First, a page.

Country Superstar Cole Swindell Talks About Writing ‘You Should Be Here’ At Gillette Stadium And Why He Loves Playing In New England

Cole SwindellPhoto Credit: Joseph Llanes

If you’re a huge fan of country music like we are here in Boston, you are already familiar with Cole Swindell ‘s smash hits like “Flatliner,” “Hope You Get Lonely Tonight,” “Middle of A Memory,” “Ain’t Worth The Whiskey” and “You Should Be Here.” What you may not realize is the platinum-selling recording artist and 10-time No. 1 singer/songwriter actually wrote the single “You Should Be Here” in the parking lot at Gillette Stadium here in Foxboro, Mass. after a show as a tribute to his late father.

The Georgia native has already toured with some of the biggest names in country music (think Luke Bryan, Kenny Chesney, Jason Aldean, Florida Georgia Line and Dierks Bentley). Right now, Swindell is currently in the midst of his Reason To Drink Tour with Chris Janson and Lauren Alaina. Last weekend, the tour was in New Hampshire and Connecticut, but in case you missed either of those shows, Swindell and crew will be returning to New England to perform at the Ryan Center in Kingston, Rhode Island on March 3.

Swindell took some time out of his busy touring schedule to catch up with us to dish about writing “You Should Be Here” at Gillette Stadium, what he loves most about playing in New England and why Boston remains so special.

Tell us about writing the song “You Should Be Here” in the parking lot of Gillette Stadium in Foxboro.

I remember writing “You Should Be Here” in Gillette Stadium. Ashley Gorley, one of my favorite songwriters, was out on the road with me. I was out on tour with Luke Bryan and Ashley had walked into the stadium taking pictures of the stage and the set-up and sent them to his daughter with the caption ‘you should be here.’ So he had that title and he ran it by me when he got back on the bus and although he was thinking of his daughter, I immediately thought of my dad and how much he’d be freaking out seeing me play in a football stadium. Being from Georgia that’s a long way from home, but I think I will always have a special tie to that stadium and that area just because that’s one of my favorite songs I‘ve ever written.  I’m glad that I wrote it there and have that memory.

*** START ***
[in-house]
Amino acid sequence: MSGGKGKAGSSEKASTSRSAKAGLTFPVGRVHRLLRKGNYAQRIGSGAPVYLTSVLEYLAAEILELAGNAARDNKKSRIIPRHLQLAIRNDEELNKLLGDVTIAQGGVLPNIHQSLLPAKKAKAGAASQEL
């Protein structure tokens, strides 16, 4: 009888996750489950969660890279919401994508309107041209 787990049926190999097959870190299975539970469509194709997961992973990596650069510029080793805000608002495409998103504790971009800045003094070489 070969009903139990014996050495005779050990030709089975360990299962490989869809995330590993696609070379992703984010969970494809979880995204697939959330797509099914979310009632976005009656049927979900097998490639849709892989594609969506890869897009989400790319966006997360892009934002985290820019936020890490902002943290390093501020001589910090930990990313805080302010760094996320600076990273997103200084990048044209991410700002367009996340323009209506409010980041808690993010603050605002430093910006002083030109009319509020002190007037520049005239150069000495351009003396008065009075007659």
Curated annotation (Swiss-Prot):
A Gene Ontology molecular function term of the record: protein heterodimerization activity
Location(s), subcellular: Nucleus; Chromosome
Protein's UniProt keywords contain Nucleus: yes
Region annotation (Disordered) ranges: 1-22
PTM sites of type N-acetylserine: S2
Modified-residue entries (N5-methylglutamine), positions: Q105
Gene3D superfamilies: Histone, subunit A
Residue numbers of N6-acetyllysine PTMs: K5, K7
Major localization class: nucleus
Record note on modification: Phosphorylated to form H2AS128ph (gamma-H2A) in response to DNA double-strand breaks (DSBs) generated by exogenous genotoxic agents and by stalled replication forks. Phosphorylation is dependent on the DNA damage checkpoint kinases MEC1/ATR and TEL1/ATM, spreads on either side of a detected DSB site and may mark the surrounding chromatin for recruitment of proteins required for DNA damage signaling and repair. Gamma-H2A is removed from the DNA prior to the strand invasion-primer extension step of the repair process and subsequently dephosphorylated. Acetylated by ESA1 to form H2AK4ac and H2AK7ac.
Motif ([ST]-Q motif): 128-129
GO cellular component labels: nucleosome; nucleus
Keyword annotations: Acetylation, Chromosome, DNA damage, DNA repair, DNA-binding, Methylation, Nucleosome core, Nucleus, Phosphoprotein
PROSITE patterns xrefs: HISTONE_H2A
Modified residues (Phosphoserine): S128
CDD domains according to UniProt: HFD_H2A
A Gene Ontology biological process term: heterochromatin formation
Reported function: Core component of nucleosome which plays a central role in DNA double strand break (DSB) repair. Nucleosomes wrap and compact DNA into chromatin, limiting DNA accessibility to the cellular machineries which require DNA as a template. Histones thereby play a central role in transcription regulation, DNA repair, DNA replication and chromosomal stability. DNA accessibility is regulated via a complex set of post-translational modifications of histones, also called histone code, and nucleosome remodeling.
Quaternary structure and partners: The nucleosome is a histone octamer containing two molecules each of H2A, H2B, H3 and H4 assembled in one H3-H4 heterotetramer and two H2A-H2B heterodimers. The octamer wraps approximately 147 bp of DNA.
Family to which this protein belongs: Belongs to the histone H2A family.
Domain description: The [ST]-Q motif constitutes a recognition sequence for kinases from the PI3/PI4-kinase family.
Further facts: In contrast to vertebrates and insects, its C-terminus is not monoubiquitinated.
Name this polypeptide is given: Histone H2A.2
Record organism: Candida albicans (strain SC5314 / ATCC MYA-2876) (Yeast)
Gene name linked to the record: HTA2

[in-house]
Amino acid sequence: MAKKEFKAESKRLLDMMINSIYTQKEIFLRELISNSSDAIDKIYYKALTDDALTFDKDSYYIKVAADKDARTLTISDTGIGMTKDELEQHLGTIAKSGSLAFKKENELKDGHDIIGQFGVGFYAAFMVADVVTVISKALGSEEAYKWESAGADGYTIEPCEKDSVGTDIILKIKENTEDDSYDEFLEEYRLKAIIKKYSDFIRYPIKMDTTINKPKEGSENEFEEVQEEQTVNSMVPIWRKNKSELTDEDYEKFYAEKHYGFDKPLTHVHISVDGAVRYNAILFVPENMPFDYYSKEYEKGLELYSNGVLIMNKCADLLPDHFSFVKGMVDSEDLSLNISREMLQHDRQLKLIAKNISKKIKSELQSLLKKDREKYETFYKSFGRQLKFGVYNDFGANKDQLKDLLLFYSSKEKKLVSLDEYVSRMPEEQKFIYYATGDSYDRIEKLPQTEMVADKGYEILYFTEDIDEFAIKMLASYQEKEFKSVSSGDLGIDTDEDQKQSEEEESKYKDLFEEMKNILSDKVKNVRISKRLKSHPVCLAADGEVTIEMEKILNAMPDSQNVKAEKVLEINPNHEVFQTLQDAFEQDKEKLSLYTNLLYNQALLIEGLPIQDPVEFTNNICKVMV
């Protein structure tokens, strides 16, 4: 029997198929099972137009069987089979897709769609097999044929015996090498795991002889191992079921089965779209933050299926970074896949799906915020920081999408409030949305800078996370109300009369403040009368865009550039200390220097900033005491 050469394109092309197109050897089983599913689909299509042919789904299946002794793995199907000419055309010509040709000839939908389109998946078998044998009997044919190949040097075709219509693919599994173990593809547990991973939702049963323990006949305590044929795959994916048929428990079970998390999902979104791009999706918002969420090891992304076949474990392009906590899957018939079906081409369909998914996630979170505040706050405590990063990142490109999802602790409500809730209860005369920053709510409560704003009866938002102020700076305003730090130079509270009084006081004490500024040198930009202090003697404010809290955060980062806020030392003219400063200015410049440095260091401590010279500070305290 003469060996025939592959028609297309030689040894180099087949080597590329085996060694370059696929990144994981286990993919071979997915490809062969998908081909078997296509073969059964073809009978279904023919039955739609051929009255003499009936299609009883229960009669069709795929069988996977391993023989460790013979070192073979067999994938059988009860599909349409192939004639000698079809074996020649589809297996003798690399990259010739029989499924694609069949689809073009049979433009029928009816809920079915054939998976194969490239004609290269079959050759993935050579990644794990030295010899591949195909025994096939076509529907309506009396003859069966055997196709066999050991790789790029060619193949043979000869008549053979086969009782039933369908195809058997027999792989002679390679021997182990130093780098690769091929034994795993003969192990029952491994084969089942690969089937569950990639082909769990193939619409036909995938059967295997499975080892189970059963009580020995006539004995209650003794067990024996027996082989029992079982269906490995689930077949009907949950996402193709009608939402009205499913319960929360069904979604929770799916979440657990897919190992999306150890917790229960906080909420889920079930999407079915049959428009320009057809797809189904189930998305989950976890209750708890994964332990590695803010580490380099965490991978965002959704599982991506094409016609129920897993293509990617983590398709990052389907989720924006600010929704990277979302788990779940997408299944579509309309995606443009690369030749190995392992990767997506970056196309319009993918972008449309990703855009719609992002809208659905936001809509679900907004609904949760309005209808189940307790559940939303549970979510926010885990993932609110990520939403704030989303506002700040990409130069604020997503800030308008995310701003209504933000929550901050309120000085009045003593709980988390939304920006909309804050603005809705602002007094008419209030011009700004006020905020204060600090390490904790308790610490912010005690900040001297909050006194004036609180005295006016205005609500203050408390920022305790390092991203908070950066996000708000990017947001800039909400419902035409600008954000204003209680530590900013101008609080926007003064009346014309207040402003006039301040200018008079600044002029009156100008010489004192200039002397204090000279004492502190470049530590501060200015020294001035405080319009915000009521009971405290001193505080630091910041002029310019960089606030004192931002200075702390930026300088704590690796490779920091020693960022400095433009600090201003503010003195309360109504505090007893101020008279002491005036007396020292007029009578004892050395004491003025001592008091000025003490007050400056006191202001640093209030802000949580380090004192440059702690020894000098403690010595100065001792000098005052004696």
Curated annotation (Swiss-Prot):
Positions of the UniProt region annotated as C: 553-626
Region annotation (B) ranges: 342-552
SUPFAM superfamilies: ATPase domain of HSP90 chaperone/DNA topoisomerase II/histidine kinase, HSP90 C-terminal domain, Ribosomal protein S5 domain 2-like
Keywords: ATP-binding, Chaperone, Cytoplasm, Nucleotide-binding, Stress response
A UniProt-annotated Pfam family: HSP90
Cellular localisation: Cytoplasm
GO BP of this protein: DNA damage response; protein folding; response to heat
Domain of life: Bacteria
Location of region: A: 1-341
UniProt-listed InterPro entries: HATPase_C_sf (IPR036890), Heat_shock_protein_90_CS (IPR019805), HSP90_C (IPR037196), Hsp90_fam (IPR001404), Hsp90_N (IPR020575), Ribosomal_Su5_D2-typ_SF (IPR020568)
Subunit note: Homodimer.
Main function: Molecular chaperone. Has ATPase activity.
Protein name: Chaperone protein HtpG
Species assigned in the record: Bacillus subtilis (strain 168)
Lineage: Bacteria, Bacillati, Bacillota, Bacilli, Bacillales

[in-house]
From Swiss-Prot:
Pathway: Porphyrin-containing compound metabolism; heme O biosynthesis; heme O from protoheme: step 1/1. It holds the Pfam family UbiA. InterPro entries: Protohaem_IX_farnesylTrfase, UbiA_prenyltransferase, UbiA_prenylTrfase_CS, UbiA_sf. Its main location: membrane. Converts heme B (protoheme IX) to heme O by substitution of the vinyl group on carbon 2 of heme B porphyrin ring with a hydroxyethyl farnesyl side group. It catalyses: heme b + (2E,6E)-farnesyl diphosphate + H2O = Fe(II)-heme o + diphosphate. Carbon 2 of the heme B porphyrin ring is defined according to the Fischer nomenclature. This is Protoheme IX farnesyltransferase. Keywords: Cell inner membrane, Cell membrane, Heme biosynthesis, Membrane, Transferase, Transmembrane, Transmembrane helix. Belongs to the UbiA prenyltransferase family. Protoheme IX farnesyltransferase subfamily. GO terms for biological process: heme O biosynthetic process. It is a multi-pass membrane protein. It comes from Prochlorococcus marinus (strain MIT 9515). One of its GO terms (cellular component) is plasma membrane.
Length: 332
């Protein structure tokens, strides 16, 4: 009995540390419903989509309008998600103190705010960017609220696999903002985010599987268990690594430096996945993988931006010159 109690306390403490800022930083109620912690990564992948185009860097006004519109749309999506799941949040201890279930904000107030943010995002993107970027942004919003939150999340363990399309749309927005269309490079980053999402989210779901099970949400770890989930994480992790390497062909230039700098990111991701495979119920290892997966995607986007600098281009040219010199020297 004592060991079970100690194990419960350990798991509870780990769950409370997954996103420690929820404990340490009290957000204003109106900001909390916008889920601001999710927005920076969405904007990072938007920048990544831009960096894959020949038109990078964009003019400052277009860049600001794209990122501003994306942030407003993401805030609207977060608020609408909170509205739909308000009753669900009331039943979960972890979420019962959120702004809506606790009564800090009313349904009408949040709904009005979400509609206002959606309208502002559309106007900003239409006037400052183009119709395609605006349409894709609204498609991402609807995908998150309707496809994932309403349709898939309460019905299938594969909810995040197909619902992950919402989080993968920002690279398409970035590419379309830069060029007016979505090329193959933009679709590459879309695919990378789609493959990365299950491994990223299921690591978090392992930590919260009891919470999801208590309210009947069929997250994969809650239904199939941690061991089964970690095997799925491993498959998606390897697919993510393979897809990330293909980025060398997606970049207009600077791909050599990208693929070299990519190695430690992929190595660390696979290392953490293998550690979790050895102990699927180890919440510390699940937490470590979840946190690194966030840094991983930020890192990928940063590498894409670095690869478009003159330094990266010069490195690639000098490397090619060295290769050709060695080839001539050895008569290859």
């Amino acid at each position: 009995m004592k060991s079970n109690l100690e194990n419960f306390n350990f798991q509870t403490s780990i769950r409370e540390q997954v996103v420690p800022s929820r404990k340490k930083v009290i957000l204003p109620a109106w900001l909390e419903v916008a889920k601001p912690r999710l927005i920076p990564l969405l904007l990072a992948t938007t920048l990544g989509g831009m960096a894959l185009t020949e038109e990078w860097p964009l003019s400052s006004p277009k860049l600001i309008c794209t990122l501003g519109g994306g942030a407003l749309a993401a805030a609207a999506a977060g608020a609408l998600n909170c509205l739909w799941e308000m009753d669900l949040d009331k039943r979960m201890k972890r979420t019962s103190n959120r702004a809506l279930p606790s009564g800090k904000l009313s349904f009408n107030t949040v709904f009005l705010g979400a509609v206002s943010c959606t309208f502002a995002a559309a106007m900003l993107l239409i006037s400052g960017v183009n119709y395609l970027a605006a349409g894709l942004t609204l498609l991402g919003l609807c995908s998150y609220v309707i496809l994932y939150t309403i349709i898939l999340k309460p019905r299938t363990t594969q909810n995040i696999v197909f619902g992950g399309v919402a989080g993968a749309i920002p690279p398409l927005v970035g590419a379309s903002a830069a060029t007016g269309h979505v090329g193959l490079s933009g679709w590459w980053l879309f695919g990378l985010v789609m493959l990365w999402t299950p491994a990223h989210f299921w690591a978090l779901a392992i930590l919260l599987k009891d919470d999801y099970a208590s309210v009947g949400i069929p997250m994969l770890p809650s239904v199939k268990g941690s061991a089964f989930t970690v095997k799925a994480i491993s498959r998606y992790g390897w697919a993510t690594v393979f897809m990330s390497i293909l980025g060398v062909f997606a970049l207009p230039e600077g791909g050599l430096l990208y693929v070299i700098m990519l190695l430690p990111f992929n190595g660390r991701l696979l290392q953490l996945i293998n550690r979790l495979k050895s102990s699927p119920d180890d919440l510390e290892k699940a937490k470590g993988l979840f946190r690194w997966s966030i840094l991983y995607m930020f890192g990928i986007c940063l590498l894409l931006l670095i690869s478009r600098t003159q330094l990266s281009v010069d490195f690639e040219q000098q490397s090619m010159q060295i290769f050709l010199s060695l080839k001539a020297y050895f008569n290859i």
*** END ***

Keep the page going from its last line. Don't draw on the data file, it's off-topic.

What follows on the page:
Were you surprised that song became such a huge hit resonating with so many fans? 

While writing the song we decided what direction we were going to take.  I obviously thought of my dad and losing him and I wanted a song that honored him, but also one that other people could relate to.  We didn’t want to write it to be too personal to me that other people couldn’t relate to their own stories.  You would not believe the ”You Should Be Here” stories I’ve heard. Every single night I hear one and it lets me know how fortunate I am and how fortunate I was to have my dad as long as I did and to know that I’m using my music to help other people through things that I have been through personally—that is the best gift of all I think.

Did you have a similar song that touched you the same way this one has your fans?